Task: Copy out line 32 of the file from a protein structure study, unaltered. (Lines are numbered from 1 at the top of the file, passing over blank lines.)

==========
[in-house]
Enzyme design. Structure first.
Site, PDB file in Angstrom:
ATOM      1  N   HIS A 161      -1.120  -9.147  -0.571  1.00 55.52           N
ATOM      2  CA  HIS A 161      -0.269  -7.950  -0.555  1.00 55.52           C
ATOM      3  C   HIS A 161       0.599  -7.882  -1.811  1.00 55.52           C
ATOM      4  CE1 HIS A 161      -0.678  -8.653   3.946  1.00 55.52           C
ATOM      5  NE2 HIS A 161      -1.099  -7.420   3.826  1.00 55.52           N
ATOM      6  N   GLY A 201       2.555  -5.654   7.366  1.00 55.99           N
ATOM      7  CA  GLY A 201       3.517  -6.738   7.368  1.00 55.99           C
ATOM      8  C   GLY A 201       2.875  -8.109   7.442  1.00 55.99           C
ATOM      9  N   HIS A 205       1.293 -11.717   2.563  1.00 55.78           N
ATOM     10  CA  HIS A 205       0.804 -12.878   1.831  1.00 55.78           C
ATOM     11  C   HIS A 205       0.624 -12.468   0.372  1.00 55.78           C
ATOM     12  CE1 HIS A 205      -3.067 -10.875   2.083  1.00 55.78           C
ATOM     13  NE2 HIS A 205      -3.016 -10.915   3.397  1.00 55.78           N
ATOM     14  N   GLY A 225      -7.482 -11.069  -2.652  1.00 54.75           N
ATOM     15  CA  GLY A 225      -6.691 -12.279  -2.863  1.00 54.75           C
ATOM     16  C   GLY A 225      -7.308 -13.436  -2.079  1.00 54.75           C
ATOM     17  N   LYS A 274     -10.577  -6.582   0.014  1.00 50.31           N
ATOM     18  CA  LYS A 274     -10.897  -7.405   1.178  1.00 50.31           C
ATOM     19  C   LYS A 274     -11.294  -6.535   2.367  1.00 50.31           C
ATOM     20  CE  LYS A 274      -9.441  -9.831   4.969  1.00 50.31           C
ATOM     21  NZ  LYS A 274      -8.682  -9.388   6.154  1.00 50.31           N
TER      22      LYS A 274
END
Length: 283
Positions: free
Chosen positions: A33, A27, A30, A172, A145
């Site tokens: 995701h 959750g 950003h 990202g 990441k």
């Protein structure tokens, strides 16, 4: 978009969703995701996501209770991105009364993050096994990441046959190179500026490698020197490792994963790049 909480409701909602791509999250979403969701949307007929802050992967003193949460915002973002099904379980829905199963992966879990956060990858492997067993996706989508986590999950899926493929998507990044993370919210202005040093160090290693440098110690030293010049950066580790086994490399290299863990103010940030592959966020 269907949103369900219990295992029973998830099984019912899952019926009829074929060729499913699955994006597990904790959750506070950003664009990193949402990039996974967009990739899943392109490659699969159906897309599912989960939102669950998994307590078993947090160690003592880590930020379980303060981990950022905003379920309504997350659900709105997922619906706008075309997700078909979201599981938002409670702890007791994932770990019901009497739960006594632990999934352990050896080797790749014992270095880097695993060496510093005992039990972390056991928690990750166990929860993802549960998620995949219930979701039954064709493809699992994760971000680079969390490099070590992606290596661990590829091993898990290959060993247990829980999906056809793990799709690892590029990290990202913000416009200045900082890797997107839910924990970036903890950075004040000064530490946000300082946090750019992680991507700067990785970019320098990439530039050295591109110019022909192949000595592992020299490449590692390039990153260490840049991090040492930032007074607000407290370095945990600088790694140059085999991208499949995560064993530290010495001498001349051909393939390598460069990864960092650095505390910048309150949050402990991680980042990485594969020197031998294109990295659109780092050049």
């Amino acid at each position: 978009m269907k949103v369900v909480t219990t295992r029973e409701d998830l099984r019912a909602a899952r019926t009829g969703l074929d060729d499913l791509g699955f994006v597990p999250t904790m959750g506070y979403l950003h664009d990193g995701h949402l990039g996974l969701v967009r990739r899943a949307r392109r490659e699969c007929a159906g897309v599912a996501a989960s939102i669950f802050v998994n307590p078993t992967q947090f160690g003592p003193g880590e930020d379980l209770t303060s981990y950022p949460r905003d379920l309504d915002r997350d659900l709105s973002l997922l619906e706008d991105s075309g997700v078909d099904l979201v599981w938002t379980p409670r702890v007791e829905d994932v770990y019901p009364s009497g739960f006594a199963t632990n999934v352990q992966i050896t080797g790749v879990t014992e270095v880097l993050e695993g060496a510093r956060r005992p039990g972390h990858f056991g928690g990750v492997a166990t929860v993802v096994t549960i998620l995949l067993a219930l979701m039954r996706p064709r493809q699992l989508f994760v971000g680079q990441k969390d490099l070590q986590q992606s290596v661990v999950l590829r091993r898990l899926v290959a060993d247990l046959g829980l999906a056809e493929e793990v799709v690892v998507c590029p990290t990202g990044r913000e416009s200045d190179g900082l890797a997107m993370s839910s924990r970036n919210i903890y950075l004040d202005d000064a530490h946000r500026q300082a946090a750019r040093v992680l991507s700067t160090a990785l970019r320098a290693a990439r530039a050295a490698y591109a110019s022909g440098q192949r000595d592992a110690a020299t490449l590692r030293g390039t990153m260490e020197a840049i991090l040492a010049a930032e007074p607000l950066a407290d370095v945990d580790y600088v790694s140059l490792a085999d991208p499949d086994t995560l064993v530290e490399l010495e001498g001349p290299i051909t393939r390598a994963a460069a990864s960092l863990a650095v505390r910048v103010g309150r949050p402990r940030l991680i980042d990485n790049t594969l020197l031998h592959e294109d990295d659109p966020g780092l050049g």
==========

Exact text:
């Amino acid at each position: 978009m269907k949103v369900v909480t219990t295992r029973e409701d998830l099984r019912a909602a899952r019926t009829g969703l074929d060729d499913l791509g699955f994006v597990p999250t904790m959750g506070y979403l950003h664009d990193g995701h949402l990039g996974l969701v967009r990739r899943a949307r392109r490659e699969c007929a159906g897309v599912a996501a989960s939102i669950f802050v998994n307590p078993t992967q947090f160690g003592p003193g880590e930020d379980l209770t303060s981990y950022p949460r905003d379920l309504d915002r997350d659900l709105s973002l997922l619906e706008d991105s075309g997700v078909d099904l979201v599981w938002t379980p409670r702890v007791e829905d994932v770990y019901p009364s009497g739960f006594a199963t632990n999934v352990q992966i050896t080797g790749v879990t014992e270095v880097l993050e695993g060496a510093r956060r005992p039990g972390h990858f056991g928690g990750v492997a166990t929860v993802v096994t549960i998620l995949l067993a219930l979701m039954r996706p064709r493809q699992l989508f994760v971000g680079q990441k969390d490099l070590q986590q992606s290596v661990v999950l590829r091993r898990l899926v290959a060993d247990l046959g829980l999906a056809e493929e793990v799709v690892v998507c590029p990290t990202g990044r913000e416009s200045d190179g900082l890797a997107m993370s839910s924990r970036n919210i903890y950075l004040d202005d000064a530490h946000r500026q300082a946090a750019r040093v992680l991507s700067t160090a990785l970019r320098a290693a990439r530039a050295a490698y591109a110019s022909g440098q192949r000595d592992a110690a020299t490449l590692r030293g390039t990153m260490e020197a840049i991090l040492a010049a930032e007074p607000l950066a407290d370095v945990d580790y600088v790694s140059l490792a085999d991208p499949d086994t995560l064993v530290e490399l010495e001498g001349p290299i051909t393939r390598a994963a460069a990864s960092l863990a650095v505390r910048v103010g309150r949050p402990r940030l991680i980042d990485n790049t594969l020197l031998h592959e294109d990295d659109p966020g780092l050049g």